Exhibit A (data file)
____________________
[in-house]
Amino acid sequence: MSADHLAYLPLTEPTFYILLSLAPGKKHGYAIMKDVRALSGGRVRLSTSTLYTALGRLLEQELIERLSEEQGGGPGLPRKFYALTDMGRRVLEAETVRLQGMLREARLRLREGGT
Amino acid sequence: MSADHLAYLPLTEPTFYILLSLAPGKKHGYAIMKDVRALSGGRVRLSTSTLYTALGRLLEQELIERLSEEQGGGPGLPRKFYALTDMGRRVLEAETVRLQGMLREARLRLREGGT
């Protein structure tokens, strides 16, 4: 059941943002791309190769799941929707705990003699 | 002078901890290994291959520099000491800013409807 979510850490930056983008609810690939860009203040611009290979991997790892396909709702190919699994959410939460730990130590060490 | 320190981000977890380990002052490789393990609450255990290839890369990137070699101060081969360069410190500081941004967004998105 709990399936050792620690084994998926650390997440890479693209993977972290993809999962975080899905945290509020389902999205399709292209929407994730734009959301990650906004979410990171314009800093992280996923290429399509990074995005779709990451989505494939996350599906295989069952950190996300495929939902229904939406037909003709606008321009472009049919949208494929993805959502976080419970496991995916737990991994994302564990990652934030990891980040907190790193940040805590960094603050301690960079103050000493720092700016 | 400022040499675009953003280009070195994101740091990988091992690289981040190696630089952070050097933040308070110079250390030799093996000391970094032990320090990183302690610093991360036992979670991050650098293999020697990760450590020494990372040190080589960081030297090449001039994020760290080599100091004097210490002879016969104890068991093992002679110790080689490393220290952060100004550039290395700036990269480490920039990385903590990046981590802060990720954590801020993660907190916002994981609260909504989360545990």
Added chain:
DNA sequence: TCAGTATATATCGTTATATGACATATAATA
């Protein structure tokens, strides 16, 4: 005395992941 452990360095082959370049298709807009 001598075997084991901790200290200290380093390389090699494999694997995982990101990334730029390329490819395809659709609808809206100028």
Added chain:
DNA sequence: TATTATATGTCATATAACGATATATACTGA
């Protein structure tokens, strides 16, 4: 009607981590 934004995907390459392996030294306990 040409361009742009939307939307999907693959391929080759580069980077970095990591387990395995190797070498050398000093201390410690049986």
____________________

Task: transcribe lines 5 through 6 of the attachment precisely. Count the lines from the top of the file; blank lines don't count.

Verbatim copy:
Added chain:
DNA sequence: TCAGTATATATCGTTATATGACATATAATA